Titanium is the strongest metal in the world
Which is the hardest metal?
In the past, what scratched the other was considered harder
Colloquially, we know very well what we mean by "hard": the harder something is, the more it hurts when you bump your head on it. In the past, hardness was mainly defined in relative terms: one material was used to scratch another. And the material that each other scratched - that is, left scratches - was the harder material.
According to this, plaster of paris is harder than chalk or talc, glass is harder than plaster of paris, quartz is harder than gold, ruby is harder than quartz and diamonds are the hardest of all. The result is a scale from 1 to 10. Talc has a hardness of 1, diamond a hardness of 10 and osmium has a hardness of over 7.
Exact methods of penetration into a material
Today, hardness is usually defined a little differently. Hardness describes the resistance that a material has to oppose a penetrating body. To the annoyance of the owner, if I throw a stone on a car sheet, it penetrates deeply and leaves a permanent dent. A car sheet is therefore not as hard as a steel plate, for example. And so there are precisely defined procedures for measuring the depth of penetration into a material.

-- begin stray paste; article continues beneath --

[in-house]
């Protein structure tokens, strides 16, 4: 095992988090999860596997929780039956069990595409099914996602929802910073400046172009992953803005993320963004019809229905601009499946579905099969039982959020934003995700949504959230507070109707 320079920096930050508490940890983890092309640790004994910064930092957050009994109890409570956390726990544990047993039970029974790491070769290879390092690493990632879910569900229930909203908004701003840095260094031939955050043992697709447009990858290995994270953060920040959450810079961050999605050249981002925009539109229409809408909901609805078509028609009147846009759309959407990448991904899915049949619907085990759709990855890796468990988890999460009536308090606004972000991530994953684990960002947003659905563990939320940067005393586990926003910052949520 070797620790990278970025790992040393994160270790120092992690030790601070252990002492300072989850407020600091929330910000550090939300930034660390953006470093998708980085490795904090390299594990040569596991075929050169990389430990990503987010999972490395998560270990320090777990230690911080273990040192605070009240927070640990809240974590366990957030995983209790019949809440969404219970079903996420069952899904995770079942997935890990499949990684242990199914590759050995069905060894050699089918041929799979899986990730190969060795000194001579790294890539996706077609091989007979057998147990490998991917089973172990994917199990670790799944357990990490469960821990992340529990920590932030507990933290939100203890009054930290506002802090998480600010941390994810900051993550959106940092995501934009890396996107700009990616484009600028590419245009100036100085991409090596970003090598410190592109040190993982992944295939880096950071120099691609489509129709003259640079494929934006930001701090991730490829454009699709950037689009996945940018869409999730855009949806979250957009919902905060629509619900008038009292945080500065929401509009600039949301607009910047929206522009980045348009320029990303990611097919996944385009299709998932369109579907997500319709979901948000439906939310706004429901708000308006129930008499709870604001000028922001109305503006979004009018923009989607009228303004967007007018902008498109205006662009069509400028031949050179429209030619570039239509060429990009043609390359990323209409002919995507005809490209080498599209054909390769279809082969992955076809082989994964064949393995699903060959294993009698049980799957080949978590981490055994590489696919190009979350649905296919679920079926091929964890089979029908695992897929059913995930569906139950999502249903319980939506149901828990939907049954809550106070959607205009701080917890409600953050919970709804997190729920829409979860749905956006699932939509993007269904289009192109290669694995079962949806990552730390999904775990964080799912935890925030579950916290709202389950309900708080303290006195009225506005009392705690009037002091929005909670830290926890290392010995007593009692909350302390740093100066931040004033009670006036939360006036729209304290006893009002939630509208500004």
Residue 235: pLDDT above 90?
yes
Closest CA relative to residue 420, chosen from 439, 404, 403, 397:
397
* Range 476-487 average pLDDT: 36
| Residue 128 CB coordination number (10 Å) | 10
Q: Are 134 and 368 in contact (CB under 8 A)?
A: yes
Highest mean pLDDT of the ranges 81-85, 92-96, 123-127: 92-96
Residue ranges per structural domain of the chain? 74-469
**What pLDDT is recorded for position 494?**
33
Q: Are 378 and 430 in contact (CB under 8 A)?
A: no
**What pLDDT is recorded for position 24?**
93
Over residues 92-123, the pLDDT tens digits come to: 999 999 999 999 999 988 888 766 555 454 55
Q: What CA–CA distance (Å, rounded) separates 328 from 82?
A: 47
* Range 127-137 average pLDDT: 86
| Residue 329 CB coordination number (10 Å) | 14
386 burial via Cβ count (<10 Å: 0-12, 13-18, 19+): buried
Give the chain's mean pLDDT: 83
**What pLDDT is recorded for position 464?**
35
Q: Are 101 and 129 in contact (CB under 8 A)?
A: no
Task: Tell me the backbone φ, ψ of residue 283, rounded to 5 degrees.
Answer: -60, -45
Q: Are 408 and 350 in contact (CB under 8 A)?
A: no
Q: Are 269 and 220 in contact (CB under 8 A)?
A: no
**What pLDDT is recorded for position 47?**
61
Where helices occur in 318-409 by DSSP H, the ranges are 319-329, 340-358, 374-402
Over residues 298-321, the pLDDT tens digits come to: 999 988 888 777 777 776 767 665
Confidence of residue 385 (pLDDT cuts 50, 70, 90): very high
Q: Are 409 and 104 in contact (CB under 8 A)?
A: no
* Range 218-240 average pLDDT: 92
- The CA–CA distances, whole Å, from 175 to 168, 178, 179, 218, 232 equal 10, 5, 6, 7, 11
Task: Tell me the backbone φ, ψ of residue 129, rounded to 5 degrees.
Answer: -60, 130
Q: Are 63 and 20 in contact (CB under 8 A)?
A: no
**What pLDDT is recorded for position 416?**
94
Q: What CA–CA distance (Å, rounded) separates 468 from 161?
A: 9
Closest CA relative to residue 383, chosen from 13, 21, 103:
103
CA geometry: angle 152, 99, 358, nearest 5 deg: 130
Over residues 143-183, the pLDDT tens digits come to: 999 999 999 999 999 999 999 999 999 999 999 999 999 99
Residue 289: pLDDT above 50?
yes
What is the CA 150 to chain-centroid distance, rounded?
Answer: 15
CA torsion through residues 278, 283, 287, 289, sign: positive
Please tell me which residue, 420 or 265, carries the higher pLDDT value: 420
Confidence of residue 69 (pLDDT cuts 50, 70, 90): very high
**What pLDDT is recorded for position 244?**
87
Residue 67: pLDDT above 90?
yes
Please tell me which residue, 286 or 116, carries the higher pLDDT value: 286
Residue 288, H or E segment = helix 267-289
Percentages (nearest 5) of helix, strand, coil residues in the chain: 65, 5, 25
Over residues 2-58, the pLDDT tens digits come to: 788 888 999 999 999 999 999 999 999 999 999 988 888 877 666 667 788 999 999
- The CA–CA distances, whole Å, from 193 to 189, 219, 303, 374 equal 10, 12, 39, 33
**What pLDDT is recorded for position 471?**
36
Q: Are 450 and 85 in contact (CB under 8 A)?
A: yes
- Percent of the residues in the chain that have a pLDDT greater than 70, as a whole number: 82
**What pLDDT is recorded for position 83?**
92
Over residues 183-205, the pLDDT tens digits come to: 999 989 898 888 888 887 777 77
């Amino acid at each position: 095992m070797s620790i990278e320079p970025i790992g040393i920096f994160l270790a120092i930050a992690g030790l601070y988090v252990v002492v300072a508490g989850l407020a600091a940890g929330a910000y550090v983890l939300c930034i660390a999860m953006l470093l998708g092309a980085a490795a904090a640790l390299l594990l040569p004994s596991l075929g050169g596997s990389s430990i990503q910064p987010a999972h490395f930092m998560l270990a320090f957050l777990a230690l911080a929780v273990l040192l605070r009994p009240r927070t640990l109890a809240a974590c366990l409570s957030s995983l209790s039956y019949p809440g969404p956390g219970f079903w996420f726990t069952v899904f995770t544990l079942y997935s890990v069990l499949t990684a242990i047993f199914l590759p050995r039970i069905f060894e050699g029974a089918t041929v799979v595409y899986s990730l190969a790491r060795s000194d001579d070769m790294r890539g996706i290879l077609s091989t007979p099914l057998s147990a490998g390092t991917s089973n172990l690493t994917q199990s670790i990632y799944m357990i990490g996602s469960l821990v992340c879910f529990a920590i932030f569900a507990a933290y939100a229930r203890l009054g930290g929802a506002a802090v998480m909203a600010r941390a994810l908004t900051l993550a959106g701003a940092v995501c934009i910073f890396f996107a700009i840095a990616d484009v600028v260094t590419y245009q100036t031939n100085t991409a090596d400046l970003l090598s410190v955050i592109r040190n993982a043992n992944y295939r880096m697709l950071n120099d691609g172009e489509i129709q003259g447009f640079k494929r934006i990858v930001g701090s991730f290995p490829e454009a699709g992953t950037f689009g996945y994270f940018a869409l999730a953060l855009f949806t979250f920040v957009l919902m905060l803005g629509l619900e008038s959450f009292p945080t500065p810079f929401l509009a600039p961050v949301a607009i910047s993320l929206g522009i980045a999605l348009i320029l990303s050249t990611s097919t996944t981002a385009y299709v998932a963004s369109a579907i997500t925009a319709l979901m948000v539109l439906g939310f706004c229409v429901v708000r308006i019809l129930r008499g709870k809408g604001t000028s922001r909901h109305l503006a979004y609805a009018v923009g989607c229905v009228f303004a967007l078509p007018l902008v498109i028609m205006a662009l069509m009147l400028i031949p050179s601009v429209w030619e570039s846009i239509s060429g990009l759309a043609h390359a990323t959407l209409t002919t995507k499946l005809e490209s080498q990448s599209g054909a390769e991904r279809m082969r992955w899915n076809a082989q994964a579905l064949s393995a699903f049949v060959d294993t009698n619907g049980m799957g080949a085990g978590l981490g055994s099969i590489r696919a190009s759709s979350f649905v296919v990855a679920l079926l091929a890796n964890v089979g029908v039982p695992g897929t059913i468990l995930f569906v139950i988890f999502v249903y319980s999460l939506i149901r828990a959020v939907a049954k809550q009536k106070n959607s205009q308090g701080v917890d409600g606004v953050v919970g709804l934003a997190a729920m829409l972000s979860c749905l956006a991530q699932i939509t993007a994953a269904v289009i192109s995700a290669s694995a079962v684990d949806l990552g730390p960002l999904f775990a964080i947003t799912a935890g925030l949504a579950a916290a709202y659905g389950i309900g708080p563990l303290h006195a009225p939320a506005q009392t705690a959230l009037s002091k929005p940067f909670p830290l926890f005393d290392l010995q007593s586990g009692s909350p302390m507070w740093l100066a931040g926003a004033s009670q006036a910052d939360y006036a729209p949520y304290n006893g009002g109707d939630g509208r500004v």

Osmium is one of the platinum metals
There are a number of fairly hard metals that chemically belong to the platinum group. They have the property that they are quite dense; one cubic centimeter of platinum weighs about 20 grams - that is, twenty times that of water. One can imagine that the density of a metal also has to do with how hard it is. Platinum is quite a hard metal, but there are a few elements that are not far from platinum in the periodic table of the elements and are similarly dense, but much harder.
These include tungsten or iridium. They are not much less hard than osmium. And because these metals are so dense - which means that the individual atoms are very close and compact to one another - they also have a high melting temperature: Osmium only melts at around 2,800 ° C.
This high melting temperature was one reason why osmium, but also tungsten, was mainly used as a conductive metal in incandescent lamps. We know the well-known incandescent lamp company Osram - the name is derived from this combination: osmium and tungsten.
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